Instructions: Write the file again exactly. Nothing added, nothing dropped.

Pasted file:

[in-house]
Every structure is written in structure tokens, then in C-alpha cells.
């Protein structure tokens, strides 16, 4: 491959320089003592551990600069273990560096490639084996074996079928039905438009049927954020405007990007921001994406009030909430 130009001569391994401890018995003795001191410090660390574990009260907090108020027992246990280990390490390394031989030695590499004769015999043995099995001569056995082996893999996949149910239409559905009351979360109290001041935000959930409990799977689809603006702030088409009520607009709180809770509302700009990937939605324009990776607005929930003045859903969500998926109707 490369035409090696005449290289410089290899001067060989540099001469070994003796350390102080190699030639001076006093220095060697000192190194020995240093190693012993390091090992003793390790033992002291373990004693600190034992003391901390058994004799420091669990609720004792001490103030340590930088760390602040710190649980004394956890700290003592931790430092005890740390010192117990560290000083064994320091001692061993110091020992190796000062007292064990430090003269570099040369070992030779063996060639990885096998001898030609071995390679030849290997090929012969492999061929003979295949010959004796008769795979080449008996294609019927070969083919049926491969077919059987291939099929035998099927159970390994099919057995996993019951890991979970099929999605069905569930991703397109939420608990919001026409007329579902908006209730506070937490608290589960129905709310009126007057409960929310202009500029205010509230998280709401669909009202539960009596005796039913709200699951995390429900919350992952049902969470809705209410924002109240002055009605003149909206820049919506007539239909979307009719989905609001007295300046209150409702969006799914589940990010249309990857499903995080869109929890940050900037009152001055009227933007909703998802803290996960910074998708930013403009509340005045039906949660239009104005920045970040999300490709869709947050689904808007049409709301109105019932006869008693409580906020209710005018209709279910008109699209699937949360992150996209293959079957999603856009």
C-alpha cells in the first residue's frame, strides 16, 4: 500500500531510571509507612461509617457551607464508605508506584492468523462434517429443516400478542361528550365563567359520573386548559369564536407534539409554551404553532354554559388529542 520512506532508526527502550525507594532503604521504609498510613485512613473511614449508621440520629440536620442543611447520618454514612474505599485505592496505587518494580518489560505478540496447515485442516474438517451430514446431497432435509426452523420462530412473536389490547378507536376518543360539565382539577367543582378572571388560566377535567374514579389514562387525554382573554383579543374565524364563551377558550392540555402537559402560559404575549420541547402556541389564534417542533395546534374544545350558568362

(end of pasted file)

[in-house]
Every structure is written in structure tokens, then in C-alpha cells.
């Protein structure tokens, strides 16, 4: 491959320089003592551990600069273990560096490639084996074996079928039905438009049927954020405007990007921001994406009030909430 130009001569391994401890018995003795001191410090660390574990009260907090108020027992246990280990390490390394031989030695590499004769015999043995099995001569056995082996893999996949149910239409559905009351979360109290001041935000959930409990799977689809603006702030088409009520607009709180809770509302700009990937939605324009990776607005929930003045859903969500998926109707 490369035409090696005449290289410089290899001067060989540099001469070994003796350390102080190699030639001076006093220095060697000192190194020995240093190693012993390091090992003793390790033992002291373990004693600190034992003391901390058994004799420091669990609720004792001490103030340590930088760390602040710190649980004394956890700290003592931790430092005890740390010192117990560290000083064994320091001692061993110091020992190796000062007292064990430090003269570099040369070992030779063996060639990885096998001898030609071995390679030849290997090929012969492999061929003979295949010959004796008769795979080449008996294609019927070969083919049926491969077919059987291939099929035998099927159970390994099919057995996993019951890991979970099929999605069905569930991703397109939420608990919001026409007329579902908006209730506070937490608290589960129905709310009126007057409960929310202009500029205010509230998280709401669909009202539960009596005796039913709200699951995390429900919350992952049902969470809705209410924002109240002055009605003149909206820049919506007539239909979307009719989905609001007295300046209150409702969006799914589940990010249309990857499903995080869109929890940050900037009152001055009227933007909703998802803290996960910074998708930013403009509340005045039906949660239009104005920045970040999300490709869709947050689904808007049409709301109105019932006869008693409580906020209710005018209709279910008109699209699937949360992150996209293959079957999603856009």
C-alpha cells in the first residue's frame, strides 16, 4: 500500500531510571509507612461509617457551607464508605508506584492468523462434517429443516400478542361528550365563567359520573386548559369564536407534539409554551404553532354554559388529542 520512506532508526527502550525507594532503604521504609498510613485512613473511614449508621440520629440536620442543611447520618454514612474505599485505592496505587518494580518489560505478540496447515485442516474438517451430514446431497432435509426452523420462530412473536389490547378507536376518543360539565382539577367543582378572571388560566377535567374514579389514562387525554382573554383579543374565524364563551377558550392540555402537559402560559404575549420541547402556541389564534417542533395546534374544545350558568362